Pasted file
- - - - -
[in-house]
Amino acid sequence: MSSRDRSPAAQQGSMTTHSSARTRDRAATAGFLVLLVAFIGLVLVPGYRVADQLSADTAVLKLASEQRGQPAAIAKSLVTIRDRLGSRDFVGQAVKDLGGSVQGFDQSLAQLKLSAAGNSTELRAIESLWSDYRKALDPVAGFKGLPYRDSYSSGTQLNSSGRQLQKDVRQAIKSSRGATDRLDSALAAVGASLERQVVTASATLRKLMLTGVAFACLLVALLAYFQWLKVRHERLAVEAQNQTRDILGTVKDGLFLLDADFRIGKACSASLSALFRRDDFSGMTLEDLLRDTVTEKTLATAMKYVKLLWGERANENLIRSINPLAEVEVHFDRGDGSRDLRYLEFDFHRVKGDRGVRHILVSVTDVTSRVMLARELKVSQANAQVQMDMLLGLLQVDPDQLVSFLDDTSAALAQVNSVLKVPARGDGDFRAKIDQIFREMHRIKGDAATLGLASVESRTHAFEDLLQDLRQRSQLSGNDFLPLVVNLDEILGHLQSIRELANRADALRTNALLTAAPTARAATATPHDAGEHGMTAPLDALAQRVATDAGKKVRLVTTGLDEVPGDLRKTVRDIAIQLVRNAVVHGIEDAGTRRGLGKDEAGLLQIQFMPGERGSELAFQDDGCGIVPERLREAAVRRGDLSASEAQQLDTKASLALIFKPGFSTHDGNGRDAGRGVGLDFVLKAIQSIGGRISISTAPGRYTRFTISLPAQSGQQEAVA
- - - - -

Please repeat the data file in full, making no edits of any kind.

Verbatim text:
[in-house]
Amino acid sequence: MSSRDRSPAAQQGSMTTHSSARTRDRAATAGFLVLLVAFIGLVLVPGYRVADQLSADTAVLKLASEQRGQPAAIAKSLVTIRDRLGSRDFVGQAVKDLGGSVQGFDQSLAQLKLSAAGNSTELRAIESLWSDYRKALDPVAGFKGLPYRDSYSSGTQLNSSGRQLQKDVRQAIKSSRGATDRLDSALAAVGASLERQVVTASATLRKLMLTGVAFACLLVALLAYFQWLKVRHERLAVEAQNQTRDILGTVKDGLFLLDADFRIGKACSASLSALFRRDDFSGMTLEDLLRDTVTEKTLATAMKYVKLLWGERANENLIRSINPLAEVEVHFDRGDGSRDLRYLEFDFHRVKGDRGVRHILVSVTDVTSRVMLARELKVSQANAQVQMDMLLGLLQVDPDQLVSFLDDTSAALAQVNSVLKVPARGDGDFRAKIDQIFREMHRIKGDAATLGLASVESRTHAFEDLLQDLRQRSQLSGNDFLPLVVNLDEILGHLQSIRELANRADALRTNALLTAAPTARAATATPHDAGEHGMTAPLDALAQRVATDAGKKVRLVTTGLDEVPGDLRKTVRDIAIQLVRNAVVHGIEDAGTRRGLGKDEAGLLQIQFMPGERGSELAFQDDGCGIVPERLREAAVRRGDLSASEAQQLDTKASLALIFKPGFSTHDGNGRDAGRGVGLDFVLKAIQSIGGRISISTAPGRYTRFTISLPAQSGQQEAVA